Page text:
He asked for my license and the license of the passenger. We complied. Then he went to run both our licenses. He came back and asked us where we were going. We replied that we were going back to college and that we were students at Sewanee. He asked to see our student IDs. He took a look at us and then the IDs. He told us to go straight home. We did.

Spring 2002

I graduated from Sewanee, promising that I would never live in the South again. My reasons were complicated, but I would be dishonest if I denied that my experiences of policing in Alabama had something to do with it. It was just too much to be black in Alabama.

Winter 2004

Now I am living in New England. I was driving through a small town and came across a roundabout of some sort. I think I was supposed to come to a full stop, but I didn’t. A cop came and pulled me over. He asked me why I didn’t stop. I explained my confusion to him, and he understood. He let me go with a warning. No searches, no attitude, and a warning. I could not believe it. I think I called my mom or my brother to tell them about it.

Sometime in 2006

I am still living in New England and newly married. I was traveling home with my spouse and one of her friends. Yes, I was speeding. I think someone in the car needed to go to the restroom. A police officer pulled me over. I remember being very nervous because we are an interracial couple in the middle of nowhere. The cop asked a few questions and let me go with a warning. I decided at the moment I was definitely never leaving Vermont (I did, but not without some sadness). It was not simply about whether I got a ticket. It was that the officers treated me with respect and courtesy. This simple act transformed that small town into a place that could feel like home, like the America I read about in the stories. In all my time in New England, I was never pulled over unjustly.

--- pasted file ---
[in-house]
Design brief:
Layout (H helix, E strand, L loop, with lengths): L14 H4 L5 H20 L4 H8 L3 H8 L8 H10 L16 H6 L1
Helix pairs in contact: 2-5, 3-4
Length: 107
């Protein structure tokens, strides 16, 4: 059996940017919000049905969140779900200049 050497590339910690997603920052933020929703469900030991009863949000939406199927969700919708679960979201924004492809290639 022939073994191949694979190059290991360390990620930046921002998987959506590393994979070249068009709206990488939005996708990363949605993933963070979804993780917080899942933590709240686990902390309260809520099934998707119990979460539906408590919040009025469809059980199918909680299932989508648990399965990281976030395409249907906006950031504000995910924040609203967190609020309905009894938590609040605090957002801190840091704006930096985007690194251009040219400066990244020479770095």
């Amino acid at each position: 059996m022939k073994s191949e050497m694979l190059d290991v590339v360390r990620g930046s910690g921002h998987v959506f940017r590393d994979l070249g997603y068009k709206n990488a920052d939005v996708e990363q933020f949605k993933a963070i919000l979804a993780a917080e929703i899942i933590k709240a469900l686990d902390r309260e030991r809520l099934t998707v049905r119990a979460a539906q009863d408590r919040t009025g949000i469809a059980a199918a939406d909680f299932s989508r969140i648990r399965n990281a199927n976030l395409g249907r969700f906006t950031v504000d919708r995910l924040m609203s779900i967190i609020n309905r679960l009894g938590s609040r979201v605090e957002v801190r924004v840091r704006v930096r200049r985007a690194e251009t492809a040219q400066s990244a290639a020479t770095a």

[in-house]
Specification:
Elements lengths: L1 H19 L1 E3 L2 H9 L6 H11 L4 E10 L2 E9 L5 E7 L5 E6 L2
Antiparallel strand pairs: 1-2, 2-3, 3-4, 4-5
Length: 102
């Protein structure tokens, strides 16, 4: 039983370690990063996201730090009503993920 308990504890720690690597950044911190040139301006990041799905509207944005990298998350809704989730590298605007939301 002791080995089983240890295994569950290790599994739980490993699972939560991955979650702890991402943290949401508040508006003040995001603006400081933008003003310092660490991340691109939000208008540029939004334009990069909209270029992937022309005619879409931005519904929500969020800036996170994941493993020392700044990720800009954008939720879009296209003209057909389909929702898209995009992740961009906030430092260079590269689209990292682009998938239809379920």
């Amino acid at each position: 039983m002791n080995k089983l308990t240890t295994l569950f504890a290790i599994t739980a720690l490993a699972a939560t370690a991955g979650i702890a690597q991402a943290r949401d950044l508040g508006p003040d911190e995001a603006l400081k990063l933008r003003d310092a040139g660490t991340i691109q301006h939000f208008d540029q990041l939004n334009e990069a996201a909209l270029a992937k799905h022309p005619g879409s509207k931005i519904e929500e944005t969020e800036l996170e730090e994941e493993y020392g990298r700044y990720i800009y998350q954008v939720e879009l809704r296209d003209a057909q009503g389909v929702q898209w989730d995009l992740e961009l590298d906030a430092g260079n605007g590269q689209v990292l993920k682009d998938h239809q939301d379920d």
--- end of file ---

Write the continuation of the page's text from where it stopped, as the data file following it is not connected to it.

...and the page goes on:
Today

I do not believe that most cops are racist. That would be silly. I have experienced both the good and the bad. I am grateful for the good ones, and like black lives, good cops matter. They bring healing just by doing their jobs.

But I have only recounted a portion of the experiences with the police that were my constant reality in the South. I was repeatedly stopped, questioned, and put in cop cars, because they could. Each time I could not help but think: If I were white, would this be happening to me?

I am not a detective. I have not researched every case of police brutality that has flooded our screens in the last three years, but I remember. I remember how I felt. I remember thinking that I just wanted to get home to my friends and family. My own treatment by the police and my knowledge of American history informs how I process the news. Many other black people could tell you similar stories or worse.

I think this is the big disconnect that occurs: Some people always want to wait for the facts of an individual case before they make a judgment call.[1] However, right or wrong, many black people simply do not trust the system to give us the facts; we have personally experienced those facts being turned to our disadvantage.